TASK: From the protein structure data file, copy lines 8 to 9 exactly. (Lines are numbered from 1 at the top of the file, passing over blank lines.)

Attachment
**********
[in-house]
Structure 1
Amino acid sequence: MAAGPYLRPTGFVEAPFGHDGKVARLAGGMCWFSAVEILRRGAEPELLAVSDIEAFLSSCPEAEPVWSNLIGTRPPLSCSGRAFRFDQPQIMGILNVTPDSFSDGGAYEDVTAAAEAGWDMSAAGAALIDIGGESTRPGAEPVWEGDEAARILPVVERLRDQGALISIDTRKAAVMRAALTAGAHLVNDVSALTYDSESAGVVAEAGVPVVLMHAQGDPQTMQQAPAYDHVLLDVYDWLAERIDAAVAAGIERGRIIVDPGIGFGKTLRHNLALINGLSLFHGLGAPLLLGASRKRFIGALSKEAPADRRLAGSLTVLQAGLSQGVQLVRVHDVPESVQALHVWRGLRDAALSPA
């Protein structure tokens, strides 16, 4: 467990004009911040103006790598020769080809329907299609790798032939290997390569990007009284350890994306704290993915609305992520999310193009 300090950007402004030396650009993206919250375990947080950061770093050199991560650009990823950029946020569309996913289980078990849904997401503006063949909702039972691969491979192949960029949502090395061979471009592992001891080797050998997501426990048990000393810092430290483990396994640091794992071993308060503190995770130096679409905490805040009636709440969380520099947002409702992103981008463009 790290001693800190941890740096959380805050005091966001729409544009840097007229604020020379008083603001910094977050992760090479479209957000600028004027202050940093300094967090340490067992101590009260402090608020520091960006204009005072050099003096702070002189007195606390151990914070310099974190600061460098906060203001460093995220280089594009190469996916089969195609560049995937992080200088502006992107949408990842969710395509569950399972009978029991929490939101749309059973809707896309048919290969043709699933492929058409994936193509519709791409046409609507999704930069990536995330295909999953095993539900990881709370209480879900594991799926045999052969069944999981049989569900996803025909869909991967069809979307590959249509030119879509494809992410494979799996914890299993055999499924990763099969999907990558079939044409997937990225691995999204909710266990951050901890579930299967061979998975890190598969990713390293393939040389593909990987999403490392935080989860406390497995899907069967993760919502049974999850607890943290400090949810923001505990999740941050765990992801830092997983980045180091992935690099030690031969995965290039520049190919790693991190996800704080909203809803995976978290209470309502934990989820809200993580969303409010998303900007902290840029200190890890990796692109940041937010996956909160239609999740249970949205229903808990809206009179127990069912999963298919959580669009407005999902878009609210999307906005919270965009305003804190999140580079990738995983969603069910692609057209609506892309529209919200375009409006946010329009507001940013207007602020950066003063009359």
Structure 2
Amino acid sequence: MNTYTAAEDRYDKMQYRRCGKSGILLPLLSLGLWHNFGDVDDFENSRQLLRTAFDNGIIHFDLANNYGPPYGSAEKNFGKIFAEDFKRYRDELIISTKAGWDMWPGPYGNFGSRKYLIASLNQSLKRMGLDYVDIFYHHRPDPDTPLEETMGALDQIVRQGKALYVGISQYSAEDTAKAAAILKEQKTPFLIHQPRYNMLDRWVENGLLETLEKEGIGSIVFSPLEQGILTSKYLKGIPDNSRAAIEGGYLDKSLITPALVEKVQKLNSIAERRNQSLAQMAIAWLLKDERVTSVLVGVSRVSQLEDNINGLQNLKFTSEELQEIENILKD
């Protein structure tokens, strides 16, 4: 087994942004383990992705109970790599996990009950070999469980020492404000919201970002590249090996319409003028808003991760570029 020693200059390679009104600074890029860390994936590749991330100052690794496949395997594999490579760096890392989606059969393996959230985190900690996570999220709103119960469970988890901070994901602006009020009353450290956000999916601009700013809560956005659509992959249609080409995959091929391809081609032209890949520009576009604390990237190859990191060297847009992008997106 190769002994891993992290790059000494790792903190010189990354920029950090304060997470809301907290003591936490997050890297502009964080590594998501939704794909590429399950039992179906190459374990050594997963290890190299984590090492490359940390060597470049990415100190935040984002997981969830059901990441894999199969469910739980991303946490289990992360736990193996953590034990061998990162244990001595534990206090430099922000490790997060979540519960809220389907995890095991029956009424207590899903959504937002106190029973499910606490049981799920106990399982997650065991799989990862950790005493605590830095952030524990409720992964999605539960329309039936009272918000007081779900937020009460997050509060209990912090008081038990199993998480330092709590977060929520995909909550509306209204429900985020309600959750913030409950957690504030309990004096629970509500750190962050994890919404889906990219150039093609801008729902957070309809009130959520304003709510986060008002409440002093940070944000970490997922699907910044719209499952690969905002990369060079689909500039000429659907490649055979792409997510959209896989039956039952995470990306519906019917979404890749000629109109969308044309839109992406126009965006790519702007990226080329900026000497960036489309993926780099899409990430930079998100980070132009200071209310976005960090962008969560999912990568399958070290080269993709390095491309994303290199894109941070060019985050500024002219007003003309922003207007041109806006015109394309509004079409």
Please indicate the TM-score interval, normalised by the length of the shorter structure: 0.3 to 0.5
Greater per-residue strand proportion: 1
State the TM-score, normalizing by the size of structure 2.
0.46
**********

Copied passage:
Please indicate the TM-score interval, normalised by the length of the shorter structure: 0.3 to 0.5
Greater per-residue strand proportion: 1